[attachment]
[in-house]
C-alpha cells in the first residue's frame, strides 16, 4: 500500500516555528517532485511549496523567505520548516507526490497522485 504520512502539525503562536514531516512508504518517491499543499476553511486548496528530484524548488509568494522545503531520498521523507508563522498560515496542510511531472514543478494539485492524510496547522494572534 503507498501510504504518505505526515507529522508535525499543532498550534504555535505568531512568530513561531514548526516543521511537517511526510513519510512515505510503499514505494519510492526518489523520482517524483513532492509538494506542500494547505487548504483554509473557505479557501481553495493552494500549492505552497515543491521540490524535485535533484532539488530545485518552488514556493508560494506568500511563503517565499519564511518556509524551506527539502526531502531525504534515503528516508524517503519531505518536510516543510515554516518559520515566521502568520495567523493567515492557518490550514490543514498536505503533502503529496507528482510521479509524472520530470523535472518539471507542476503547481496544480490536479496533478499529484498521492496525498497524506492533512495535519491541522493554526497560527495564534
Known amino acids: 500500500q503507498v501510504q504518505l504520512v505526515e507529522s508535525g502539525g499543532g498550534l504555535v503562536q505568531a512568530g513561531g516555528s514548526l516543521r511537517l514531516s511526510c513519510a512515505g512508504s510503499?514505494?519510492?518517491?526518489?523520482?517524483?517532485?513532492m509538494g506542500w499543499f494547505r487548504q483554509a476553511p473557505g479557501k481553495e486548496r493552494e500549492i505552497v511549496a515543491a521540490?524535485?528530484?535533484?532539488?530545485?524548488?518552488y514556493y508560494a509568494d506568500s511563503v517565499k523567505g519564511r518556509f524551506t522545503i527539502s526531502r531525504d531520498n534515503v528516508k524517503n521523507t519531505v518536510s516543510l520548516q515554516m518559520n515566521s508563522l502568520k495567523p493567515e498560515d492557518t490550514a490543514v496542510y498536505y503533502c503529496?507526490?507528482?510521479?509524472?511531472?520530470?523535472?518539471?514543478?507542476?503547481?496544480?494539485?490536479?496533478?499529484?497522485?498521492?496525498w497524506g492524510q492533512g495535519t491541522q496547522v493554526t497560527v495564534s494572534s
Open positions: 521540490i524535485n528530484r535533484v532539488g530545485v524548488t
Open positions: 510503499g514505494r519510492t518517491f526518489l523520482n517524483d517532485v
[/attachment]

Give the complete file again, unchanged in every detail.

[in-house]
C-alpha cells in the first residue's frame, strides 16, 4: 500500500516555528517532485511549496523567505520548516507526490497522485 504520512502539525503562536514531516512508504518517491499543499476553511486548496528530484524548488509568494522545503531520498521523507508563522498560515496542510511531472514543478494539485492524510496547522494572534 503507498501510504504518505505526515507529522508535525499543532498550534504555535505568531512568530513561531514548526516543521511537517511526510513519510512515505510503499514505494519510492526518489523520482517524483513532492509538494506542500494547505487548504483554509473557505479557501481553495493552494500549492505552497515543491521540490524535485535533484532539488530545485518552488514556493508560494506568500511563503517565499519564511518556509524551506527539502526531502531525504534515503528516508524517503519531505518536510516543510515554516518559520515566521502568520495567523493567515492557518490550514490543514498536505503533502503529496507528482510521479509524472520530470523535472518539471507542476503547481496544480490536479496533478499529484498521492496525498497524506492533512495535519491541522493554526497560527495564534
Known amino acids: 500500500q503507498v501510504q504518505l504520512v505526515e507529522s508535525g502539525g499543532g498550534l504555535v503562536q505568531a512568530g513561531g516555528s514548526l516543521r511537517l514531516s511526510c513519510a512515505g512508504s510503499?514505494?519510492?518517491?526518489?523520482?517524483?517532485?513532492m509538494g506542500w499543499f494547505r487548504q483554509a476553511p473557505g479557501k481553495e486548496r493552494e500549492i505552497v511549496a515543491a521540490?524535485?528530484?535533484?532539488?530545485?524548488?518552488y514556493y508560494a509568494d506568500s511563503v517565499k523567505g519564511r518556509f524551506t522545503i527539502s526531502r531525504d531520498n534515503v528516508k524517503n521523507t519531505v518536510s516543510l520548516q515554516m518559520n515566521s508563522l502568520k495567523p493567515e498560515d492557518t490550514a490543514v496542510y498536505y503533502c503529496?507526490?507528482?510521479?509524472?511531472?520530470?523535472?518539471?514543478?507542476?503547481?496544480?494539485?490536479?496533478?499529484?497522485?498521492?496525498w497524506g492524510q492533512g495535519t491541522q496547522v493554526t497560527v495564534s494572534s
Open positions: 521540490i524535485n528530484r535533484v532539488g530545485v524548488t
Open positions: 510503499g514505494r519510492t518517491f526518489l523520482n517524483d517532485v